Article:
MINNEAPOLIS, Oct. 26 (UPI) -- A meta-analysis of studies involving the seasonal flu vaccine found it is effective for 59 percent of adults ages 18-65, U.S. researchers found.
Michael T Osterholm and Nicholas S. Kelley of the University of Minnesota's Center for Infectious Disease Research and Policy, Dr. Alfred Sommer of the Johns Hopkins Bloomberg School of Public Health in Baltimore and Dr. Edward A. Belongia of the Marshfield Clinic Research Foundation in Marshfield, Wis., searched for studies addressing flu vaccine effectiveness from 1967 through last February.
From about 5,700 studies, only 31 studies involving 54,000 people in 23 countries that covered 24 influenza season met their strict criteria, they said.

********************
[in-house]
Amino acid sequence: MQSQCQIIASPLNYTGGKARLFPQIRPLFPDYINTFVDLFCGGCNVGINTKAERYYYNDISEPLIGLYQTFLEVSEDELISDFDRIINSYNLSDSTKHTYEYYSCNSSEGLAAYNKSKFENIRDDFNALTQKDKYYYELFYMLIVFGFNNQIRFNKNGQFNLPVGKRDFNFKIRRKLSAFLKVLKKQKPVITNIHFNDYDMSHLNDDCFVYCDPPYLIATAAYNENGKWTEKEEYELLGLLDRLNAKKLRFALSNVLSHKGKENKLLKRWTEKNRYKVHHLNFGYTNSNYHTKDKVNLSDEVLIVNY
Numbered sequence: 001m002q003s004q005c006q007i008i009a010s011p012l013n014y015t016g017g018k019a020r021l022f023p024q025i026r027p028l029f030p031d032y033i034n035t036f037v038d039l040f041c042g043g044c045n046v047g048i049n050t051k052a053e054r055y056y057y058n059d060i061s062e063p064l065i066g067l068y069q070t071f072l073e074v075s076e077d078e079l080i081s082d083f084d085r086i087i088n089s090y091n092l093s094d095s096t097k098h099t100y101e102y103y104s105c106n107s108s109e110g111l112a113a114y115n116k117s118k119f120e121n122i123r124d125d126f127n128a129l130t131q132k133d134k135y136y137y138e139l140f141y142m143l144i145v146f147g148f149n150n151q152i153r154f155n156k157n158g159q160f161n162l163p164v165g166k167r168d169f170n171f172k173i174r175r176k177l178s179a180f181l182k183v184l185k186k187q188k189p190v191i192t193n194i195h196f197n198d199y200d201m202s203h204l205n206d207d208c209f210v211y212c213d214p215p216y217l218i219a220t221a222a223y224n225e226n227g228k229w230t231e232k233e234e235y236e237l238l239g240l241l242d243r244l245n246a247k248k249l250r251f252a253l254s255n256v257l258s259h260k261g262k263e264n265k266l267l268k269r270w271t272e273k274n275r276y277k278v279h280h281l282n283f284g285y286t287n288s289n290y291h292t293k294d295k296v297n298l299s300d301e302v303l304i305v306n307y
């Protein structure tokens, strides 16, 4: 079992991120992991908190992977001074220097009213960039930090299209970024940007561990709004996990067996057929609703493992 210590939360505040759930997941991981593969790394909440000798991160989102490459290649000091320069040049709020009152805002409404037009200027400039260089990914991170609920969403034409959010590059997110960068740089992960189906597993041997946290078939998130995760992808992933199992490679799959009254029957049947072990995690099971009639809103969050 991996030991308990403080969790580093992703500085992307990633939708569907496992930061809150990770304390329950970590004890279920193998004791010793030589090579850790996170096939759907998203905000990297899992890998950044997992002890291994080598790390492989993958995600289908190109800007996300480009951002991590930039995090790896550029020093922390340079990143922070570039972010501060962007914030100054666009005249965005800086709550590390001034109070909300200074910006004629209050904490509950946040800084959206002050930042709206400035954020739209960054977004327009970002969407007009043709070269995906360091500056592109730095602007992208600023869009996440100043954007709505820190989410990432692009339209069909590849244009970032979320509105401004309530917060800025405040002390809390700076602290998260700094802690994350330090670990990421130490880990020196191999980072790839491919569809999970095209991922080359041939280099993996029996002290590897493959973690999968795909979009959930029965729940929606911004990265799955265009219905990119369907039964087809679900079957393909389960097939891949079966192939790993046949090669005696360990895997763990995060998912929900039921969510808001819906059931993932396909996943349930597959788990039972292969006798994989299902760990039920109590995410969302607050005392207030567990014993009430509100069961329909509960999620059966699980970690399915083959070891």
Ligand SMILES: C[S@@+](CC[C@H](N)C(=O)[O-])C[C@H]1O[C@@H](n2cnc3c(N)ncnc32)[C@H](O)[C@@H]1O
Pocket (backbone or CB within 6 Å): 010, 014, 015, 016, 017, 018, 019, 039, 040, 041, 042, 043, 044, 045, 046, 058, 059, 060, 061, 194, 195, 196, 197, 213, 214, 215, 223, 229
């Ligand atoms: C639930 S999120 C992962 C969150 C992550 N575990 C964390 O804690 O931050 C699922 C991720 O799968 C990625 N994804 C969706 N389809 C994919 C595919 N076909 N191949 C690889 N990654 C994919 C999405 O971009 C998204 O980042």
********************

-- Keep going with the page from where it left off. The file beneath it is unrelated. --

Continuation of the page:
The meta-analysis, published in Lancet Infectious Diseases found that existing flu vaccines can provide moderate protection from confirmed flu, but its effectiveness is much lower in the young and old.
Pooled evidence from randomized controlled trials showed that standard trivalent inactivated vaccines (seasonal flu) had an effectiveness of 59 percent in those 18-65, but evidence for protection in adults age 65 years or older is lacking, the analysis said.
New vaccines with improved clinical efficacy and effectiveness are needed to further reduce influenza-related morbidity and mortality, the researchers said.